Pish Posh

http://thepoetinyou.typepad.com/the_poet_in_you/

A woman said "Pish-posh" to me over the phone last week. I could hardly keep up with the conversation after that. She could have told me that Canadians were crossing a canal in canoes and it wouldn't have mattered because my mind was all over pish-posh. Rolling it around and playing with it as if it were the new dog at the park. It was pretty wonderful if you're fond of words and language.

Several years ago when we lived in Madison, WI a woman asked me what I felt the biggest differences were between Madison and other cities that I had lived in. I thought for a moment and then told her it was the language. Whatever did I mean? she asked. Language in Madison is fairly staid. It isn't nearly as colorful as say, a border town. It's proper, it's correct and that can be refreshing but it isn't what I'd call colorful or elastic.

I like the phrase pish-posh. It reminds me of a little girls tea party. I was a fan of tiny dishes when I was very young. I was a fan of tiny dishes and toy horses and my little turqoise blue typewriter. I wish I still had it. It matched the easy bake oven. I don't miss that so much. We used to pretend to bake (there was no electrical outlet outside) mud pies up in the treehouse, we'd garnish them with leaf hoppers. I didn't know it back then but I was a biological pest control at 7 years of age.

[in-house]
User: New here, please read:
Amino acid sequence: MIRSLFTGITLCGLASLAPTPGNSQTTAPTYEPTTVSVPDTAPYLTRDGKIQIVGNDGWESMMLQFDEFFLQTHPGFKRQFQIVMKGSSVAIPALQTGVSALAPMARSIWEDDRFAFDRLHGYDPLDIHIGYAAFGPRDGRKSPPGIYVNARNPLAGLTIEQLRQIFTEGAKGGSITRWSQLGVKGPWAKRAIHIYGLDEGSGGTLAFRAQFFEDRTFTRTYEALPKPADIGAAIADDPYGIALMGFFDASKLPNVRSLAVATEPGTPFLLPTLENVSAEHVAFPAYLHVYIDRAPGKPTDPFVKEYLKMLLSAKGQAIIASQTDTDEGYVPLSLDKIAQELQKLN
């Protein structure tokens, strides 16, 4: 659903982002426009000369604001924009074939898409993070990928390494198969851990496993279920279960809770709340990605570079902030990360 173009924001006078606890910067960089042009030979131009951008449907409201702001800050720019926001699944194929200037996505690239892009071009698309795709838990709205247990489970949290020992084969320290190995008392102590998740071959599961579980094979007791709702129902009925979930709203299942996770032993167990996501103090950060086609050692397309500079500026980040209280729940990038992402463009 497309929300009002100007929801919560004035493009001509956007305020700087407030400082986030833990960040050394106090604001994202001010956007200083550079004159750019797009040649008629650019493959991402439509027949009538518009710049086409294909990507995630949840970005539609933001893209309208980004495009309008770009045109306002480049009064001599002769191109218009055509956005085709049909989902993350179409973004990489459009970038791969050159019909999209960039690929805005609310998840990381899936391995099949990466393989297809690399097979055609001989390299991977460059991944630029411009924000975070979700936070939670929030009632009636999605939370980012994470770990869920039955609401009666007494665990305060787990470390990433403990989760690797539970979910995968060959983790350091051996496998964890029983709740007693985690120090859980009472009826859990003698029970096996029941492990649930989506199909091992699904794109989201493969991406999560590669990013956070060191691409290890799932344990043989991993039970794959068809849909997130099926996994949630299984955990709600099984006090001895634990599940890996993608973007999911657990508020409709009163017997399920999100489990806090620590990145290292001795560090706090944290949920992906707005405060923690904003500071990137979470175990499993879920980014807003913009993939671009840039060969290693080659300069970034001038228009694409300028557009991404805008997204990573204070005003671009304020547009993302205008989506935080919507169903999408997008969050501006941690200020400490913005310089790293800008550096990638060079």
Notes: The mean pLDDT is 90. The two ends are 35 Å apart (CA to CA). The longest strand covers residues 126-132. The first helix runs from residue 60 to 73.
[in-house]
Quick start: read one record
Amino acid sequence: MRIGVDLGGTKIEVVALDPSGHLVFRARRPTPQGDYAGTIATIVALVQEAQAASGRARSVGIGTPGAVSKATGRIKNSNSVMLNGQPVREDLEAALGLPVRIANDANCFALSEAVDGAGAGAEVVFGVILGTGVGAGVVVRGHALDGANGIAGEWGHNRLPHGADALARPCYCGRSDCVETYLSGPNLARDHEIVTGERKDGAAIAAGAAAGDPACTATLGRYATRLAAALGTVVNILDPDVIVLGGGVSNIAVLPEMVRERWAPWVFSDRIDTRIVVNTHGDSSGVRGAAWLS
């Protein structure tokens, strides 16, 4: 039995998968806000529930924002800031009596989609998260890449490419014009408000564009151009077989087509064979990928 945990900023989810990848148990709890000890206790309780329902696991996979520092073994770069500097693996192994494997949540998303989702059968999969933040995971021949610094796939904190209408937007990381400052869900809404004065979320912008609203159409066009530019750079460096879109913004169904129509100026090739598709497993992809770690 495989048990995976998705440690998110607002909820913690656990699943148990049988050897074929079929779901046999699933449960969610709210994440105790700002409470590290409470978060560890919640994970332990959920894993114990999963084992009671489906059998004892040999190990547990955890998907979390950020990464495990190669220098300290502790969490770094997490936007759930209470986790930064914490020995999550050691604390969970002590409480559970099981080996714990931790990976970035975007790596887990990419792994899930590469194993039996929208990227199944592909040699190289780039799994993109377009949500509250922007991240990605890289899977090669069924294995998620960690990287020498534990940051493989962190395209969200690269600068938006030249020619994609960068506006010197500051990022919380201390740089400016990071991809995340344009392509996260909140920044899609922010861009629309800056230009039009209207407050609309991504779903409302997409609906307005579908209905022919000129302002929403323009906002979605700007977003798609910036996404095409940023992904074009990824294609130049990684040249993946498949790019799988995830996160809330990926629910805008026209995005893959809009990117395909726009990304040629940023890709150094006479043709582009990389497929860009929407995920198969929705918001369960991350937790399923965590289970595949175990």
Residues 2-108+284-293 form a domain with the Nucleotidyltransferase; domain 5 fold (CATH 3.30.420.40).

I don't know why I never carried the typewriter up into the trees, probably because it was heavy and awkward and unwieldy, not unlike lugging around a Baby Grand. I could have played Hemingway in Cuba though I doubt he was on my Grade 2 reading list. It's amazing how, even at such a young age, your environment shapes you, you use what you've got. I mimicked the Galloping Gourmet and Julia Childs, I used the material that was available to me - mud and leafhoppers. Now I take images from the past, words from the air and mix them up with this new "typewriter".

Everything around us - memories, words, phrases, images, textures, sounds - it's all there for us to use in our creative lives. I forget how abundant it all is, sometimes I forget that my experiences are there to use in whatever way I choose. I can bend them, re-order them, play with them - like the silly phrase 'pish-posh'. It's here for me to use, so I can enjoy it and then in turn, share it with you.

NaNoWriMo has been a struggle because I either forget how much material I have or I am overwhelmed by how much material I have. I may not finish by the 30th but have enjoyed the time that I've allowed myself to play.  Give your mind the freedom to roam! You never know where it might take you.

 

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